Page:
Stroke Risk and Prevention
There are some things you can do to prevent strokes. Some risk factors are controllable, and others are not. It is important to understand your personal risk factors for stroke.
Uncontrollable Risk Factors
Some risk factors for stroke are not controllable. Even if you cannot control them, knowing what they are is important in determining your risk for stroke.
- Family history
- Prior stroke, TIA or heart attack
Controllable Risk Factors
These are controllable factors. If lifestyle changes are made, a person’s risk of stroke can be reduced. Talk to your provider about your risk factors for stroke.
- High blood pressure
- Cigarette smoking
- Carotid or other artery disease
- High blood cholesterol
- Sickle cell disease
- Poor diet
- Peripheral artery disease
- Atrial fibrillation
- Physical inactivity and obesity
- Other heart disease
Stroke Prevention Checklist
Know your blood pressure.
Have it checked at least annually. If it is elevated, work with your doctor to control it.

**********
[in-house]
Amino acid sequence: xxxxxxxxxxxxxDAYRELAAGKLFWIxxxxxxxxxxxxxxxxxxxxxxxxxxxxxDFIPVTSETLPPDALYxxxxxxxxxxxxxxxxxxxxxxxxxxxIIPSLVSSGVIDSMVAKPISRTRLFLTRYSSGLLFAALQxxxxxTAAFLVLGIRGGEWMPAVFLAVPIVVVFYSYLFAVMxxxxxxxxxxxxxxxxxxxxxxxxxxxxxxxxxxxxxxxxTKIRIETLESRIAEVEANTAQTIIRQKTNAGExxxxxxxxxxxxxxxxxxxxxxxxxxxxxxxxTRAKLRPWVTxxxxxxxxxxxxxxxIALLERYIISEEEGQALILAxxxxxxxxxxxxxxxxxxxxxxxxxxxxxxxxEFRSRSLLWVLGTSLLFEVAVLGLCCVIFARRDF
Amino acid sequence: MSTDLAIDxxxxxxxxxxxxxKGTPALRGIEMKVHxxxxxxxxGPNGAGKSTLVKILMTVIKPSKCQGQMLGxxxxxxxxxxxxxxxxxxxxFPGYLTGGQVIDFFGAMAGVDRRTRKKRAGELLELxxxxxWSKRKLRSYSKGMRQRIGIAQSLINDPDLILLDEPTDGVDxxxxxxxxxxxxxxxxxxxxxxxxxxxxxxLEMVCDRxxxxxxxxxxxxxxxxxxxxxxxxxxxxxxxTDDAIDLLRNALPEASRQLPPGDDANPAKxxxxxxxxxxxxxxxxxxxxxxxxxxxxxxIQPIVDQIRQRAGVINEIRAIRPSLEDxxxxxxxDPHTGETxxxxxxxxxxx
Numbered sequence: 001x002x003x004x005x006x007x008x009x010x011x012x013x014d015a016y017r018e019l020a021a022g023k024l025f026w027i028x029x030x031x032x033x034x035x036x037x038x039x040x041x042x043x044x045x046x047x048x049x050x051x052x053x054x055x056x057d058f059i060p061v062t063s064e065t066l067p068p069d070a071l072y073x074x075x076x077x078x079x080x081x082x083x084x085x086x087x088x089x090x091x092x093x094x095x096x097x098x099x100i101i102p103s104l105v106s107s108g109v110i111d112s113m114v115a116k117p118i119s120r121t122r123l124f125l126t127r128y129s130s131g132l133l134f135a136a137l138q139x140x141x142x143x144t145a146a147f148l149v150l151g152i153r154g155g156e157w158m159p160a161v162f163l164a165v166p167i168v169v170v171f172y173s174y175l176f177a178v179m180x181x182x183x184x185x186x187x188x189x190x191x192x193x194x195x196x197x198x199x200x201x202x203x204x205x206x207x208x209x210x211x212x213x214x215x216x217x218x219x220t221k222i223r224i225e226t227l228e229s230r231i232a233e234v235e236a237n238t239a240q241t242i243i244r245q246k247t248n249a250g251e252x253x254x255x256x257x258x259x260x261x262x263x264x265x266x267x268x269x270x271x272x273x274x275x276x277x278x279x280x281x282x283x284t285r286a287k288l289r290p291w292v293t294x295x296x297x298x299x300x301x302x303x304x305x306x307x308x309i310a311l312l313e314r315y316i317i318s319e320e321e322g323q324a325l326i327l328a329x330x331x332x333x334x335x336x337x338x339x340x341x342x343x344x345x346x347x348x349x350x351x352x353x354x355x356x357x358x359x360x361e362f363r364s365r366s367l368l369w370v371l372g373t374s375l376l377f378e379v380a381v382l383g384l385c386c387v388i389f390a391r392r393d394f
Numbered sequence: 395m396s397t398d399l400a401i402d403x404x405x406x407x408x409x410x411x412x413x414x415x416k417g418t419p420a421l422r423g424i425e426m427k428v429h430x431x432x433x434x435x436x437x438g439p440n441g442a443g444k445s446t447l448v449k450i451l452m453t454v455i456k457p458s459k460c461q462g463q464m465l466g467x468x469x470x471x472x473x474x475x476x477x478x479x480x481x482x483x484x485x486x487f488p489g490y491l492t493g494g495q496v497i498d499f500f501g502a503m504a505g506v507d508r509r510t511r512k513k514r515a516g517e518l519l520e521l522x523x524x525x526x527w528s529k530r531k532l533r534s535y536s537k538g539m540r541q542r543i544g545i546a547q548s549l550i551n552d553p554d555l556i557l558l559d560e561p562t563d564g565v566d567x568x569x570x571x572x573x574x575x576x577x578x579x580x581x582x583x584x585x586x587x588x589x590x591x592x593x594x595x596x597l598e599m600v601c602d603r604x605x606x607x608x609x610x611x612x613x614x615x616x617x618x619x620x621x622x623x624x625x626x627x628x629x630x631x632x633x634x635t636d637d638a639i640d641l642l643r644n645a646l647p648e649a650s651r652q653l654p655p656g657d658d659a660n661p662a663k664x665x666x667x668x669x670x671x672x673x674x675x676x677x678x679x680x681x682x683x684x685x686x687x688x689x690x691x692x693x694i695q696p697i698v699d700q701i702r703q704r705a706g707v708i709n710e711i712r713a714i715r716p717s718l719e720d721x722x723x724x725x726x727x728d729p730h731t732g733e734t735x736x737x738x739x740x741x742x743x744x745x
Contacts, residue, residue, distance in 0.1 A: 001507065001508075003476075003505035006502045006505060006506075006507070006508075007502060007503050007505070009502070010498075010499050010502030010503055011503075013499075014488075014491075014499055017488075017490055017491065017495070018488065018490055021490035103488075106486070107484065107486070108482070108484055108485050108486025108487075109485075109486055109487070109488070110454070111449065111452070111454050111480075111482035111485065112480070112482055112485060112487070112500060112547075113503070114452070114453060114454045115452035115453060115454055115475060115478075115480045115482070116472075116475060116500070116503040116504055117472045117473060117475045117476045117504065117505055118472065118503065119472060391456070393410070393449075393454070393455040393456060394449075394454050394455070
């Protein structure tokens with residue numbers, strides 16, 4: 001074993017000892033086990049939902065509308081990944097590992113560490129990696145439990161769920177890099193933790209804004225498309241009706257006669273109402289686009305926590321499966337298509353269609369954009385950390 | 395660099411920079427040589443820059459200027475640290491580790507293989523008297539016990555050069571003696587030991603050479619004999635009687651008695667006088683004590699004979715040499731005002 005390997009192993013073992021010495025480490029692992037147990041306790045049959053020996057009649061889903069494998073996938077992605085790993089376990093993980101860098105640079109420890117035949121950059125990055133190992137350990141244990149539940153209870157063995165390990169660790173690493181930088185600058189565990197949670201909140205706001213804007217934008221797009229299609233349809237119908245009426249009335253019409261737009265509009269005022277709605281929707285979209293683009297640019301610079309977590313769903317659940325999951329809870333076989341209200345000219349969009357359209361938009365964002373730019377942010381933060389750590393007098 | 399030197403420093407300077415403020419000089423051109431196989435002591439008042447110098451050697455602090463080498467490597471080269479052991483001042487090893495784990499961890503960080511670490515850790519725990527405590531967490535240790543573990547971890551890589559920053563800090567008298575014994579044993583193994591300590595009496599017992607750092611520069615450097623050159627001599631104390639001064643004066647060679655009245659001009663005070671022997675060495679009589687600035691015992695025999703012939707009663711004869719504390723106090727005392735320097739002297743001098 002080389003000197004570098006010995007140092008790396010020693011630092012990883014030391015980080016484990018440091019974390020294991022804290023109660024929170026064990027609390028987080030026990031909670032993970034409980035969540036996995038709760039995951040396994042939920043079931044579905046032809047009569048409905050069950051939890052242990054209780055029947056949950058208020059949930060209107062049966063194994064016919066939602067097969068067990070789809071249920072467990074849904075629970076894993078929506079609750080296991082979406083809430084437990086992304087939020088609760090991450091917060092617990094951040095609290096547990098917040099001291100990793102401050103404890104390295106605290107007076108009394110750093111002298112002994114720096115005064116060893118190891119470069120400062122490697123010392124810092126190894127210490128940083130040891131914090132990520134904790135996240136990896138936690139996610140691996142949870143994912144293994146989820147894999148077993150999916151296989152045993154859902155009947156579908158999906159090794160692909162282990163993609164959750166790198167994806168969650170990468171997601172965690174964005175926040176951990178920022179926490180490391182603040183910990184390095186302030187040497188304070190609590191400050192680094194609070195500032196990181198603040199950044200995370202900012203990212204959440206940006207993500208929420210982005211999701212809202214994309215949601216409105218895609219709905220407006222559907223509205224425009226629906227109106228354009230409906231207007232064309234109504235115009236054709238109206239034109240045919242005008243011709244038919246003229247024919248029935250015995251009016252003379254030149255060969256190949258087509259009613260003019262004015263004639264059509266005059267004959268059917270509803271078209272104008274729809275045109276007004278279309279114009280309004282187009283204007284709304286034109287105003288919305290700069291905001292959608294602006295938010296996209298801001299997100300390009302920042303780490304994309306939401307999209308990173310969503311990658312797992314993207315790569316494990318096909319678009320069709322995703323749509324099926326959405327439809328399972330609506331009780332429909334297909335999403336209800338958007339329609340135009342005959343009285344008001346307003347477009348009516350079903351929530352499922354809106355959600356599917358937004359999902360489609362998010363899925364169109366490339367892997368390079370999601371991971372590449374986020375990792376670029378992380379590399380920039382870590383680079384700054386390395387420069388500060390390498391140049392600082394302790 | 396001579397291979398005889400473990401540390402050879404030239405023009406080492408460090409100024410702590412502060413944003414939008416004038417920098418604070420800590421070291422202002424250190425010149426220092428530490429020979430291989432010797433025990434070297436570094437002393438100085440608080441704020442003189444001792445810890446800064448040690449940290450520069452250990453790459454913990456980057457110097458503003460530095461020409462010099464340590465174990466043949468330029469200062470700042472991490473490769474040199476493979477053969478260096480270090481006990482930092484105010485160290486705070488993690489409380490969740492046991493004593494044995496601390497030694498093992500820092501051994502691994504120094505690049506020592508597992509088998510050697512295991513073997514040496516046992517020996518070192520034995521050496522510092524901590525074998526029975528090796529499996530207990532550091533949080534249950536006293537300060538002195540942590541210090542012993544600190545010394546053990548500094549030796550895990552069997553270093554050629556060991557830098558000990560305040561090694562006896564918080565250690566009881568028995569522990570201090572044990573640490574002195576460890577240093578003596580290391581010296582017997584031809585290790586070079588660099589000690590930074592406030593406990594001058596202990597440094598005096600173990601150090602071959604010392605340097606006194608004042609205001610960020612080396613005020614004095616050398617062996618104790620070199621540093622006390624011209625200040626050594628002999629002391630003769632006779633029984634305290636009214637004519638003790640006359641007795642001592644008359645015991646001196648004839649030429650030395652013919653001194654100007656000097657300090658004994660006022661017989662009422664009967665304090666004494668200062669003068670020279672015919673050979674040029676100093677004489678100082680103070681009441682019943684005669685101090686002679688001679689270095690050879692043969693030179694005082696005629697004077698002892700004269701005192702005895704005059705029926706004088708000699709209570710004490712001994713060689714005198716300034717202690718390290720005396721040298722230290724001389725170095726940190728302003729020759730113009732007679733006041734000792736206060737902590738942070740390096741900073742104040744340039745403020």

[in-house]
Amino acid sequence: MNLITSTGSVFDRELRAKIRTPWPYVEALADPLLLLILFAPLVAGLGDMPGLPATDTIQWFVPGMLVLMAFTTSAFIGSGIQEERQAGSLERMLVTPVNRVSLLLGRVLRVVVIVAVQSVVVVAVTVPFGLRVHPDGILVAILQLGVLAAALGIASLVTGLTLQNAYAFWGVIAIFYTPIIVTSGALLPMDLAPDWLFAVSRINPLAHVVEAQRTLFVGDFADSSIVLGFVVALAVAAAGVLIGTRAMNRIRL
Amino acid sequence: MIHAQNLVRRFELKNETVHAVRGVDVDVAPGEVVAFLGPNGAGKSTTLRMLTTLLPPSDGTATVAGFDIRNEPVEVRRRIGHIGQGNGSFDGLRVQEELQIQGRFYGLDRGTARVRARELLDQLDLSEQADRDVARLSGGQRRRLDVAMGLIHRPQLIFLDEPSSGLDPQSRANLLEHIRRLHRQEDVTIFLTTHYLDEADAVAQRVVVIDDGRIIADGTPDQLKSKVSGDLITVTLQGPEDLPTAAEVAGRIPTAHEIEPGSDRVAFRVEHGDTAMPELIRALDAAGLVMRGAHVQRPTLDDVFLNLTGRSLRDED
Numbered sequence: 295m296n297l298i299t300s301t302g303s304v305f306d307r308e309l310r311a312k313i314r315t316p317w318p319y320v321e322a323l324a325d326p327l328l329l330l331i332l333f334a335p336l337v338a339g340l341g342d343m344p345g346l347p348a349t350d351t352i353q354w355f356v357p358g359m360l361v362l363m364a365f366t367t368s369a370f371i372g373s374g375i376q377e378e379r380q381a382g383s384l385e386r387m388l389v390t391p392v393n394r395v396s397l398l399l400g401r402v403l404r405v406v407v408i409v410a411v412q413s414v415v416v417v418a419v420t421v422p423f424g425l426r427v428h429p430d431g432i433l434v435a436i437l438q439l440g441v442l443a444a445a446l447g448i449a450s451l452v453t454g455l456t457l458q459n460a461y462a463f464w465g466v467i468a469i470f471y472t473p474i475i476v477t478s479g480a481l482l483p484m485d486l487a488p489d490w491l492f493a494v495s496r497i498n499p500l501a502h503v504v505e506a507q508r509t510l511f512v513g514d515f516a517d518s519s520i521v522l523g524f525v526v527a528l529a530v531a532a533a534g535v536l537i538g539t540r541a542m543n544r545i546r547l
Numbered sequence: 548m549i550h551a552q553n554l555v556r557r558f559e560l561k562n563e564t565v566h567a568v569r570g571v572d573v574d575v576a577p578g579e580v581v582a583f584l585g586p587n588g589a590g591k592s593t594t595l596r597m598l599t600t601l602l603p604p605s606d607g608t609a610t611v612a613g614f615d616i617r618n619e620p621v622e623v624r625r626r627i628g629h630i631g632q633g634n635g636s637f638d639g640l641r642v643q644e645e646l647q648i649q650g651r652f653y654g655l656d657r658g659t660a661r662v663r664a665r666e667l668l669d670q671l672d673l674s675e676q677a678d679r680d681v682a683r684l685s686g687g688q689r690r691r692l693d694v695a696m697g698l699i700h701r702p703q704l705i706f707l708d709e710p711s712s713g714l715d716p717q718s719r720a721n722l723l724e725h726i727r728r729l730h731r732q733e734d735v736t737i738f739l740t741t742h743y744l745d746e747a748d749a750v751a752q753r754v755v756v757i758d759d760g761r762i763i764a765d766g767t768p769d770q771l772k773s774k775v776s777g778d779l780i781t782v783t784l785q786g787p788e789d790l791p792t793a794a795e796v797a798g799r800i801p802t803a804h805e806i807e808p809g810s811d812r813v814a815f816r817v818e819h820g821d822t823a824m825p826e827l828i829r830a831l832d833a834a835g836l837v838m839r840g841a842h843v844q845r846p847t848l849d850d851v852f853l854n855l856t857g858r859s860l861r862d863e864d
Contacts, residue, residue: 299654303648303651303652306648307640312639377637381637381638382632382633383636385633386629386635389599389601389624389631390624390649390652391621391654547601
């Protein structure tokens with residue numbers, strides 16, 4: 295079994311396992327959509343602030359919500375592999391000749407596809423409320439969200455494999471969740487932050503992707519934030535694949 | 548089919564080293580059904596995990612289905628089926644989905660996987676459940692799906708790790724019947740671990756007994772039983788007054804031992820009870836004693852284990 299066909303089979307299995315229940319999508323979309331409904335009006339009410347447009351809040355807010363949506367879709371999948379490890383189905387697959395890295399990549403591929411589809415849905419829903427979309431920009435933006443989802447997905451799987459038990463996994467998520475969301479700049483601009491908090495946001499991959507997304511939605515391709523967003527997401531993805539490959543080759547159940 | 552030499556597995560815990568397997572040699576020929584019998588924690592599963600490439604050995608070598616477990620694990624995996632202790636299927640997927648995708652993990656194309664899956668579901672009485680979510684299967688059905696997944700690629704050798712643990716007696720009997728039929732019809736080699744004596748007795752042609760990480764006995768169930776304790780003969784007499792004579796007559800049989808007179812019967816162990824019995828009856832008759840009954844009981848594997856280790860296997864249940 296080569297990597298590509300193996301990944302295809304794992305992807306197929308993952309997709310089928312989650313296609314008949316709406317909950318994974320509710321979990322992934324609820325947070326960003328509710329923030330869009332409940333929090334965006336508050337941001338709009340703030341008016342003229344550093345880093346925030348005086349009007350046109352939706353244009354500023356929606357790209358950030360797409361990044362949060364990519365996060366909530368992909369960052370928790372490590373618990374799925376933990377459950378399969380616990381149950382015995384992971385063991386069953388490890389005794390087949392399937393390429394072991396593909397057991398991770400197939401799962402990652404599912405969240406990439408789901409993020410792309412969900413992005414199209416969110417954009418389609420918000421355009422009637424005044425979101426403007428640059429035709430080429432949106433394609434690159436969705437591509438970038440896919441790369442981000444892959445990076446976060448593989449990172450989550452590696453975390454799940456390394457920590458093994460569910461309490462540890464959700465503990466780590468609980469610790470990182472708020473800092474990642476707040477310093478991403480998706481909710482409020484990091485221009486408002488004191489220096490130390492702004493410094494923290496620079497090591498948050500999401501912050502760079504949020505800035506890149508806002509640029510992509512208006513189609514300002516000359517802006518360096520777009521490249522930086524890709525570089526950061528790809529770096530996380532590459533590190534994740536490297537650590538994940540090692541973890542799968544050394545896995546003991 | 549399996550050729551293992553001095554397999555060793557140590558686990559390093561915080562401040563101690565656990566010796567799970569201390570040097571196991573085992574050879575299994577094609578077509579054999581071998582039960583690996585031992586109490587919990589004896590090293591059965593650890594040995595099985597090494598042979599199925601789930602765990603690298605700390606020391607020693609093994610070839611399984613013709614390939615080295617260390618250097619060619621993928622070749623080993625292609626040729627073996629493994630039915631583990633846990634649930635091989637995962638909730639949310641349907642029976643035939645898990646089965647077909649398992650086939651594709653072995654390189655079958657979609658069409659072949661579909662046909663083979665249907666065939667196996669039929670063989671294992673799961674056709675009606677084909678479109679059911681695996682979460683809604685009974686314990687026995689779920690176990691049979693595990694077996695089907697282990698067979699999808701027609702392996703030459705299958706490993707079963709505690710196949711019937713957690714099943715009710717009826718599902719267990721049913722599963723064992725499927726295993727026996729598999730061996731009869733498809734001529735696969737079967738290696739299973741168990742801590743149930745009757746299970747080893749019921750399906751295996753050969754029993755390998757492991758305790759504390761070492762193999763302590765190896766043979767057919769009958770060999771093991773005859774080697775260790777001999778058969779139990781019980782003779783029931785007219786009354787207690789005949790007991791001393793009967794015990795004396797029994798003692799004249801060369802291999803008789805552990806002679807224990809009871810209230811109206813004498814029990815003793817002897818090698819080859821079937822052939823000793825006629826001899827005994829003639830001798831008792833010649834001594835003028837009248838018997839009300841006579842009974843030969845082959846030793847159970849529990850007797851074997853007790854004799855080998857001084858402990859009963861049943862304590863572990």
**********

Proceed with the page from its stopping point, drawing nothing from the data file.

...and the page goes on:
Check for irregular heartbeat.
Find out if you have atrial fibrillation, a type of irregular heartbeat. Follow up with your provider to manage irregular heartbeat.
Know your cholesterol level.
If you have high cholesterol, diet and exercise can help to lower it. You can also speak to your provider about other methods to control it.
Control your diabetes.
If you are diabetic, follow your doctor’s recommendations carefully to control your diabetes.
Participate in annual health screenings and speak to your provider about minimizing your risk factors.
Stay active & well-rested.
Stay active and aim for 30 minutes of activity on most days to maintain a healthy weight. Make sure you get rest and manage sleep apnea.
Have a healthy diet.
Eat a healthy diet that is low calorie and limits cholesterol, salt, saturated and trans fats. Control alcohol use and drink in moderation.
If you smoke, stop.